By now you have likely heard about Zombieload, the latest in a series of vulnerabilities impacting the Intel Core and Xeon processors that power your endpoints. Of course, it’s not the vulnerability itself (appearing in proc’s made after 2011) that impacts your computing power – it’s the ‘fix’ that Intel has issued to remove the risk of potential ‘cache voyeurs’ observing data recently pushed through the speculative execution side-channel – otherwise known as Microarchitectural Data Sampling (MDS). The reason you should be concerned, or even outraged, is that by some estimates the “fix” could sap as much as 40% of the processing power.
The reason ‘fix’ is in inverted commas, is that Intel seems to have disabled predictive compute, rather than addressing the issue at its core (no pun intended). If the concern is that threat actors can exploit a rule, that is supposed to keep data within the side-channel from being exposed, I call for a better rule, rather than simply disabling this critical feature.
In the context of having already lost so much compute to Foreshadow (10% - 30%), Spectre/Meltdown (another 30%), another 40% hit from ZombieLoad means I’m looking at performance that pales by comparison to what I was sold. This should be a huge blow to Intel, yet their shares closed 1% higher on the day of the news! Time will tell if that persists… Perhaps it's because the solution will be to buy new servers, either with cores that aren't vulnerable to predictive execution side-channel exploits, or simply 40% more power to offset the performance hit. This appears to be how some big cloud infrastructure providers are mitigating the impact to their business end-users – by dumping more iron behind them.
My real concern is for the small to medium sized organizations who can't readily afford to "just rip and replace most of their data center". Fortunately, if you're an IaaS shop, you won't see that cost (at least, not yet). But you can bet that cloud providers aren’t just going to take a 40% productivity hit, without it impacting their prices. Where does this leave the decision makers in the organization? The leadership in business, IT, and operations, who need to be sensitive to these risks, without losing that huge amount of compute (read PRODUCTIVITY), without the associated costs.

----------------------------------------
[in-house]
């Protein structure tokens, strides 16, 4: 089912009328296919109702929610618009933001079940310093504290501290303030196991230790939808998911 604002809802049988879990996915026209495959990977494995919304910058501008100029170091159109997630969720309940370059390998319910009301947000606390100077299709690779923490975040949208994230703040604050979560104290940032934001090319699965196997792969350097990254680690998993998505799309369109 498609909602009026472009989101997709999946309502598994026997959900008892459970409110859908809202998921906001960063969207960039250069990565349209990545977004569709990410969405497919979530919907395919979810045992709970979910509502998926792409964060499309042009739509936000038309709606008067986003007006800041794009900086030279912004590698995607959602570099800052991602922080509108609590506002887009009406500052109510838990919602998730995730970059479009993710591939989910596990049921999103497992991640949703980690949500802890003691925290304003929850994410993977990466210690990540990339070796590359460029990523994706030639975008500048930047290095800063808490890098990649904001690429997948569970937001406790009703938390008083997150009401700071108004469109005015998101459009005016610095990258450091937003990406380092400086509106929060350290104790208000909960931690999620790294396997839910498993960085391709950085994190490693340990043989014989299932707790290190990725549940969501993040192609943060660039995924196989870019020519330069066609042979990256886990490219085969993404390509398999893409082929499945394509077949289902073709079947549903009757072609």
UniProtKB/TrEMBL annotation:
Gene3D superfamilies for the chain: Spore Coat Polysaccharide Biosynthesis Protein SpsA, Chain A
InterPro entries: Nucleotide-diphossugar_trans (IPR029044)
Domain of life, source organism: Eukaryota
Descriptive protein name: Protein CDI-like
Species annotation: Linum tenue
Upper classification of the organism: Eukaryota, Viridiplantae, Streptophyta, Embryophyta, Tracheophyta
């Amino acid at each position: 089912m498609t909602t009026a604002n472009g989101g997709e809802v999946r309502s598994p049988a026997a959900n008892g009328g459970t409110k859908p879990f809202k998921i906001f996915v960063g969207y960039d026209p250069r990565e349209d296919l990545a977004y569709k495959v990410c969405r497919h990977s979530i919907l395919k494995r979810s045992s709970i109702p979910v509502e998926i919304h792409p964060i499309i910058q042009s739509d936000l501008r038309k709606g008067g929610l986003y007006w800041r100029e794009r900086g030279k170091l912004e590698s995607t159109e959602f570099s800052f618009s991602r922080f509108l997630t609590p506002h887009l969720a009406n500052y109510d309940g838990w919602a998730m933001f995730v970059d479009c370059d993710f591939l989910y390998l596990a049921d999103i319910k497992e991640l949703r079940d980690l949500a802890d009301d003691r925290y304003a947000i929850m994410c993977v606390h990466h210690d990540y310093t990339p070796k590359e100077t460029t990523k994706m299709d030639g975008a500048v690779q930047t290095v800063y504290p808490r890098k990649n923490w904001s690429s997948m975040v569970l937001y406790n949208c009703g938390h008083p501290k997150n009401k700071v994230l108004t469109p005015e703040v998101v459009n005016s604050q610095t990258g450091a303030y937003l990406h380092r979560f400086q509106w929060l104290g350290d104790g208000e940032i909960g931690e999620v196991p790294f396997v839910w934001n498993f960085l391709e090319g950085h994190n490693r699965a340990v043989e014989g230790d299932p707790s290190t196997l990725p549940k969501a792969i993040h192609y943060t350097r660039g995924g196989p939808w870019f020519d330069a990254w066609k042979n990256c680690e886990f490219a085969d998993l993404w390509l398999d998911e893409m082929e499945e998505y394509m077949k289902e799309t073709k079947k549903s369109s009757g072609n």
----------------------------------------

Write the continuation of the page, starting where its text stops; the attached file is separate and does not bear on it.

The patch is, for now, requisite – you need to protect your business. But what next? Buying more Intel and crossing your fingers? Hoping no similar vulnerabilities are unearthed after? This is the fourth one in as many years! Moving to the cloud, which comes with its own costs, of time, money, and potential integration issues. Ultimately, given the near monopolistic prevalence of Intel processors, at least the playing field is somewhat even – this is impacting most businesses.
Credit to the researchers who uncovered this - and ultimately, this brings us to the point of my post here. Research and testing like this must be a requisite part of the QA process for Intel, and any other provider of critical hardware components. And, I’m sure that there’s an arguably rigorous process that components undergo before they are brought to market… but when they miss something, there needs to be a recourse for their customers. Just like in the automotive sector, when QA fails to identify a critical issue, there needs to be a recall. If the brake pads don’t function correctly, I bring my car back and the issue gets fixed – and if they can’t fix the component, or can’t do it more cheaply than replacing the vehicle, the consumer get a new car.
Intel needs to do more, and it shouldn’t be customers eating the consequences while the vendor profits. If speculative compute didn't work without being vulnerable, the rule that allows data needs to change. Is it that it can’t be fixed? Or, just not fixed easily? Or is it that it’s more profitable to remediate the vulnerability without addressing the performance impact, leaving the onus on the customer to find a new solution.